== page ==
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fulfill its seven-year plan. >> senator humphrey, the next question is addressed to you from j.a.asbury of glass bury, west virginia. what stand to you take on the proposal to raise federal tax exemptions from $600 to $800. >> i took a stand early on that and this is a difference between my colleague from massachusetts and myself. a difference of degree. i voted for the amendment offered by the senator from texas, mr. yar borough, to increase the exception from $600 to $800. i also voted for the george amendment to increase the exemption from $600 to $700. it was a similar measure but of less degree. now, i felt this was important at the time that it was up because there was considerable recession in the country, growing unemployment, and genuine economic distress. i feel that the use of the tax laws to be able to stimulate purchasing power and to broaden
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the base of the consumers or the consumption ability of the people is very important. now, i would have made up that loss of revenue and it was a loss of revenue. i would have made it up by having withholding taxes upon dividends and interest, upon closing tax close loopholes such as reducing the amount of depression allowance on gas and oil. i voted to decrease it from 27.5% to 15%, and those two items alone, the reduction of the depression appreciation allow witness way i submit is fair, the present law is special privilege, closing the tax loophole on interest and dividends would more than have compensated for the loss of revenue and the individual head of family would have had more money with which to make his purchases, to educate his family, to take care of the medical needs of his family, and to be a better customer. i think it was a sensible vote. >> thank you, sir. next question. >> excuse me, senator kennedy --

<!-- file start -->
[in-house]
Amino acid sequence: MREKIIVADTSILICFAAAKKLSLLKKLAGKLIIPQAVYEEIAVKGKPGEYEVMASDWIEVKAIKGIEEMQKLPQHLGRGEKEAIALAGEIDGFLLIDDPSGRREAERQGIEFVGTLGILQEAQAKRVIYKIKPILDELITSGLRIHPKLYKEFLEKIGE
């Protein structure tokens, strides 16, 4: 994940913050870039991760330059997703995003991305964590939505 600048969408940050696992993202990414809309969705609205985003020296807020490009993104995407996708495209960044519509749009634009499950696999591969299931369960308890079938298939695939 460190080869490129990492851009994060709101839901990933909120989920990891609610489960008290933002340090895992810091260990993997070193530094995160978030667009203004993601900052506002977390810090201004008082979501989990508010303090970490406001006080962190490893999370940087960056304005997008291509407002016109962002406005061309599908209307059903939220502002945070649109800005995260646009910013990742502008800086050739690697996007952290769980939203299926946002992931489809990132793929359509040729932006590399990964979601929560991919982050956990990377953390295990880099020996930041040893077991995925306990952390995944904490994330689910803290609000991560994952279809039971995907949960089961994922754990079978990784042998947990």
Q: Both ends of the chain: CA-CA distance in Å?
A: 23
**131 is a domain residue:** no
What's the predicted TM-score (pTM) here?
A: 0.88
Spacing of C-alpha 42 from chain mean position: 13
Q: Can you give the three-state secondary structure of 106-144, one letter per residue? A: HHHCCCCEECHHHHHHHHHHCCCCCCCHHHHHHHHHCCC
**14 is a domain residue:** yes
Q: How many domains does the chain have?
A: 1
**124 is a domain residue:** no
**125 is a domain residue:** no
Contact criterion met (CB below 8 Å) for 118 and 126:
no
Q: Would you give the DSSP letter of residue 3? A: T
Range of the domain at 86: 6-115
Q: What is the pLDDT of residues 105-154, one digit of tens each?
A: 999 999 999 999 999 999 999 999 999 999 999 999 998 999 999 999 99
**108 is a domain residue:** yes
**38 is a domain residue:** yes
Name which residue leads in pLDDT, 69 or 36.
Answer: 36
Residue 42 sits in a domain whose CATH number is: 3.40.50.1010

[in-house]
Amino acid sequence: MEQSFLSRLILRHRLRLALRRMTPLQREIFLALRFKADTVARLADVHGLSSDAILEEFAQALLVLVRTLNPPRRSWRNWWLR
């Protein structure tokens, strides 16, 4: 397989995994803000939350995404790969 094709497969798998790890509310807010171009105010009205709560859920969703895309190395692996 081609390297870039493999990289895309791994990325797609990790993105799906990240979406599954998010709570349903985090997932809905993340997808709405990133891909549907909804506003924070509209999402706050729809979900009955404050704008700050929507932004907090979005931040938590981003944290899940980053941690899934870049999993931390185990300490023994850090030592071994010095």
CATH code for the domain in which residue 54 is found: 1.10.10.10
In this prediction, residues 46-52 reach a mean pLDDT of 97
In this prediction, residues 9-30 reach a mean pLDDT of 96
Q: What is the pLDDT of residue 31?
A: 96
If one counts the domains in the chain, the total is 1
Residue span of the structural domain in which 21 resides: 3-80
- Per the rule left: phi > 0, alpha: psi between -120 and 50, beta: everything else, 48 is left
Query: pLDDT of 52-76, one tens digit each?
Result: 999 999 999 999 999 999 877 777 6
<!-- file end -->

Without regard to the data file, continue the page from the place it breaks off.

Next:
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>> the question is was i am in favor of it today? >> what stand do you take on the proposal to raise federal income tax exemptions from $600 -- >> well, i think it would be a mistake and misleading for me to suggest i'm going to favor a good many of the programs i talked about earlier. also a stronger national defense, federal aid to education, assistance to this state and other states, and at the same time say that i'm going to reduce income taxes this year. i don't think that's possible. i think -- i think that in the final analysis the president of the united states has to make a determination of what is in the long-range interests of this country, and i don't think, therefore, that at the present time until the economy has moved up, i think it's going to be possible to reduce income taxes. now, secondly, i am hardly in favor of closing the loopholes. i hope that can be done. we've been defeated on many occasions since i have been in the senate. the eight years i've been in the senate the vote has come up many
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times and it's been defeated on many occasion. i hope we can do something about the oil depletion allowance. 27% is too much. i agree we should try to close the loopholes. there are many things that can be done. until we're able to bring in enough revenue to make up for the loss i cannot advocate at this time that reduction in taxes. >> next question is addressed to both of you gentlemen, and the name has been withheld. the reader lives in blue field, west virginia. senator humphrey, former president harry truman said if he was a merchant faced by a lunch counter demonstration by negroes, he would case them out of the store. what would you do? >> well, i surely wouldn't. as a matter of fact i feel that the young men and women who have engaged in these respective demonstrations have been orderly. they've been standing up for their rights as they see them as american citizens, and they've been applying what i would call a higher moral law. now there, may be instances in
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localities where the local ordinances give protection to existing inequities and injustices. if that's the case those ordinances should be changed, and in the meantime i would suggest to those who are the operators of private business establishments that they have some consideration for not only the constitutional rights of people under the 14th amendment because no state is supposed to pass any law which falls unequally upon its citizens, and i would suggest also they might practice some good business sense by treating customers with equity and with equality, and i'd like to add, however, if i may go back to another question on this -- is this within the rules? on the tax question? >> i believe, sir, that you have one minute left. >> yes. i'd just like to point this out, that the tax act of 1954 passed by the 83rd republican congress is not divine script. it's not sacrosanct. it is manmade law. it's filled with inequities and injusts. i refuse to accept it without